The Smart Money Is Selling Canopy Growth Corp.: Should You Sell Too?

As far as I’m concerned, there’s no greater vote of confidence in an investment, company, or product than putting your own money to work in it.

This is why many astute investors will insist a company’s management team also be owners of the stock. The simple action of owning a whole bunch of the stock not only ensures that management care about the stock price, but it also lets investors know they’re around for more than just the paycheque. They’re believers, in other words.

There’s no bigger vote of confidence than members of the management team or the board of directors buying shares when the company is depressed. However, management selling shares can be a giant red flag. Sure, there are plenty of legitimate reasons for selling. A seller might want to pay off the mortgage or help out their children. They might even want to further diversify. But the fact of the matter is, nobody is going to sell a stock they think is going much higher.

Canopy Growth Corp. (TSX:WEED) has seen some major insider selling of late. Should this cause investors to become concerned?

Aggressively selling

In the last two months alone, Canopy insiders have been aggressively selling millions of dollars’ worth of stock.

Bruce Linton, Canopy’s founder and CEO, disclosed on April 3 he had sold 156,900 shares on March 29 for an average price of $10.74 each. He further sold an additional 193,100 shares at a price of $10.56 on the same day.

In short, Canopy’s CEO sold $3.7 million worth of stock. That’s a lot of money.

Linton isn’t the only insider unloading shares. John Bell, who is one of Canopy’s board members, reported five separate transactions on March 30 and March 31, where he unloaded a total of 24,650 shares at prices between $10.36 and $10.55 each. Bell also sold 20,000 shares on March 24 and 70,000 shares between March 14 and March 17.

Mark Zekulin, the company’s president, has also been an aggressive seller of late. He sold more than 234,000 shares in a week ranging from the end of February to the beginning of March. Timothy Saunders, the company’s CFO, sold more than 166,000 shares close to the same time. Christopher Schnarr, a director, sold 150,000 shares on February 27.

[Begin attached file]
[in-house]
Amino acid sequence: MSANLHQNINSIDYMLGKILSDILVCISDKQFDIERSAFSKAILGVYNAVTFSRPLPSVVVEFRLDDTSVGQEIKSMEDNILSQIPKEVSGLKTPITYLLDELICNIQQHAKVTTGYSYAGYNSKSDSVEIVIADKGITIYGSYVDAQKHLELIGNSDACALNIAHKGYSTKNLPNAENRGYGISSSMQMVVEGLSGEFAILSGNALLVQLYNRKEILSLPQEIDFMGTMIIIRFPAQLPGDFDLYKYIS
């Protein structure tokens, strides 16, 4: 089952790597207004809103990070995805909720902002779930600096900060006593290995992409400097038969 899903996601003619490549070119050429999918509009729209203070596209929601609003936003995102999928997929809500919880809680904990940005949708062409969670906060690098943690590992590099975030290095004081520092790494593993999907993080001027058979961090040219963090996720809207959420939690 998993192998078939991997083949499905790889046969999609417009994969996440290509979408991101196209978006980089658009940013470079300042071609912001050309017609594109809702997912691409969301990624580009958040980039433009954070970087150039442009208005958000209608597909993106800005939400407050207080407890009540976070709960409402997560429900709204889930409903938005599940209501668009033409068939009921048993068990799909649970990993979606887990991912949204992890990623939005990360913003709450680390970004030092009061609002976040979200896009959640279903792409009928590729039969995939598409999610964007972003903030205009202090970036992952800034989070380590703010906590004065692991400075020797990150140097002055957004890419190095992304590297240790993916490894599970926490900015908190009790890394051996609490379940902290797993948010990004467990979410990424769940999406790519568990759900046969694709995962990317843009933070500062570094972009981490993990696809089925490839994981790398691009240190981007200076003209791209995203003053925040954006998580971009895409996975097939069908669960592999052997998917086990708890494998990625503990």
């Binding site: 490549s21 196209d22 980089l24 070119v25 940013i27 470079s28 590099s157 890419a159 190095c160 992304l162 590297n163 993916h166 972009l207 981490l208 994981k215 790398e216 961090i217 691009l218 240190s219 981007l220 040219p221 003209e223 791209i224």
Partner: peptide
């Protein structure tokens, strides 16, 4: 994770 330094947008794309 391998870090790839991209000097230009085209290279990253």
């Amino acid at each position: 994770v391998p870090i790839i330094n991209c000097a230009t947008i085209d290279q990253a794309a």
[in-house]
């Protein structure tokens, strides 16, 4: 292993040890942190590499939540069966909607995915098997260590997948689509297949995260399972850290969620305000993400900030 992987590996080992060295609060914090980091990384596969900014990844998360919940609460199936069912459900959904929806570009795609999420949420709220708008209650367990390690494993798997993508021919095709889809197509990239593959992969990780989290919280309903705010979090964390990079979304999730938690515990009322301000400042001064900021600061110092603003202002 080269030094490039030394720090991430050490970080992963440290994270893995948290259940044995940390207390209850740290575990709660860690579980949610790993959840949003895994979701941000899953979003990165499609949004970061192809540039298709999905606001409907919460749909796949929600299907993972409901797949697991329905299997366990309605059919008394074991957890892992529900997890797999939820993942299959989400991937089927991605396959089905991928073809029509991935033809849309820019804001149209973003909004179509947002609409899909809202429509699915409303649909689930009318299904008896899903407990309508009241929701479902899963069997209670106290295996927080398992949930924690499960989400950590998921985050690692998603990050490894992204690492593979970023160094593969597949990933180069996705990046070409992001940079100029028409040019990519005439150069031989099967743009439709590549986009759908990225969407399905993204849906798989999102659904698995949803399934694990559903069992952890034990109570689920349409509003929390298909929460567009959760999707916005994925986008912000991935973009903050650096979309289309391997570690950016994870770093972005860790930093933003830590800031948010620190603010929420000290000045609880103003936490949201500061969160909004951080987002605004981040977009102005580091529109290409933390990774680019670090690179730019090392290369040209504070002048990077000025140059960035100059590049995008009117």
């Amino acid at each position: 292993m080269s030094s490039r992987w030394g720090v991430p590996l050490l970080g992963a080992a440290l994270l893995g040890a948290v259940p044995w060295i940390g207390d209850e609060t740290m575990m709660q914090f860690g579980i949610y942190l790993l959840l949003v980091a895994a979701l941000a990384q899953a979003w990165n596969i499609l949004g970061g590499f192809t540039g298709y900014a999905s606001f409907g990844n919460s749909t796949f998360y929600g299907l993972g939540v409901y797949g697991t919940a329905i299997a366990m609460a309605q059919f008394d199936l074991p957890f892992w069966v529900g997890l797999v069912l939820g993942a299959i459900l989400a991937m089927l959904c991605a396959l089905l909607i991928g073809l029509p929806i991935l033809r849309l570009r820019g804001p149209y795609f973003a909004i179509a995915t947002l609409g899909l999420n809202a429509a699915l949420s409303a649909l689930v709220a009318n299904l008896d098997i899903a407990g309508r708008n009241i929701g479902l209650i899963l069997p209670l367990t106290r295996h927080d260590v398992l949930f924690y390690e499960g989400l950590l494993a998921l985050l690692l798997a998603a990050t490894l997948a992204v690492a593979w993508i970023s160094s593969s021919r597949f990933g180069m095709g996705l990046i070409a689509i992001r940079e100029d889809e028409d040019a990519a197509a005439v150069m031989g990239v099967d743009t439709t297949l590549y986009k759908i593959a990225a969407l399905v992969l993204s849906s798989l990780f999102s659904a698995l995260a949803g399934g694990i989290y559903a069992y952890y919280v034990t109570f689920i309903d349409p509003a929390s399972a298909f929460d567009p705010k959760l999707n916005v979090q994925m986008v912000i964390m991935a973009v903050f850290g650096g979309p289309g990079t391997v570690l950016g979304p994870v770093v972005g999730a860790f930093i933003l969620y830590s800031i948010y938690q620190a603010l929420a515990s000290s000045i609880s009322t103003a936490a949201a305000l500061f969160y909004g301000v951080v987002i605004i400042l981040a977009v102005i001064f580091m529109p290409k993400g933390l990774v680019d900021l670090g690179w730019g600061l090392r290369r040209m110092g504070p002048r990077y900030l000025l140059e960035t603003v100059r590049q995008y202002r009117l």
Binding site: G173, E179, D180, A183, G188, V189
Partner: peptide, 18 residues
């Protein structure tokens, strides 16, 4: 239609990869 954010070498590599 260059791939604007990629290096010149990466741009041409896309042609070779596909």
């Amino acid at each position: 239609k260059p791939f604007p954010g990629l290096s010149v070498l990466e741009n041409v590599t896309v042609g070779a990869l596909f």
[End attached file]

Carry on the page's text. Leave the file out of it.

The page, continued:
In total, Canopy insiders have sold more than one million shares since February. That is a lot of money going out the door.

One thing investors must remember is many of these shares were issued as stock options. Just about every insider sale in the last few weeks was immediately preceded by a grant of stock options. These folks got their options and immediately liquidated their holdings.

What should investors do?

Canopy and its competitors are simply uninvestable for me.

I’m the first to admit that legal marijuana in Canada will be a huge market. I’m just not sure the valuations of pot growers justify the potential. And if the Canadian government passes legislation that makes it difficult to brand marijuana, Canopy will have a very hard time differentiating itself in what will become a crowded market.

Ultimately, the actions of insiders say a lot. Again, there are plenty of legitimate reasons to sell, but at the end of the day, I’d suspect these insiders share the same opinion as me. Canopy shares are overvalued, and they sold while the selling was good. If I were an insider, I’d do the same thing.

Potential Canopy investors should not be encouraged by these sales. It’s that simple.

Is another stock bubble, in the mold of late-90’s tech scene, on the horizon?

If you’ve tuned into the Canadian marijuana industry lately, you may be beginning to wonder that yourself… That’s why, due to the ravenous interest shown by our readers, we’ve put together a premium report inside of Stock Advisor Canada to help them navigate this volatile group of stocks. To begin accessing your copy of “Motley Fool Canada: 3 Marijuana Stock Tips for Investors Today,” simply click here now to unlock all of the details!

Fool contributor Nelson Smith has no position in any stocks mentioned.

I consent to receiving information from The Motley Fool via email, direct mail, and occasional special offer phone calls. I understand I can unsubscribe from these updates at any time. Please read the Privacy Statement and Terms of Service for more information.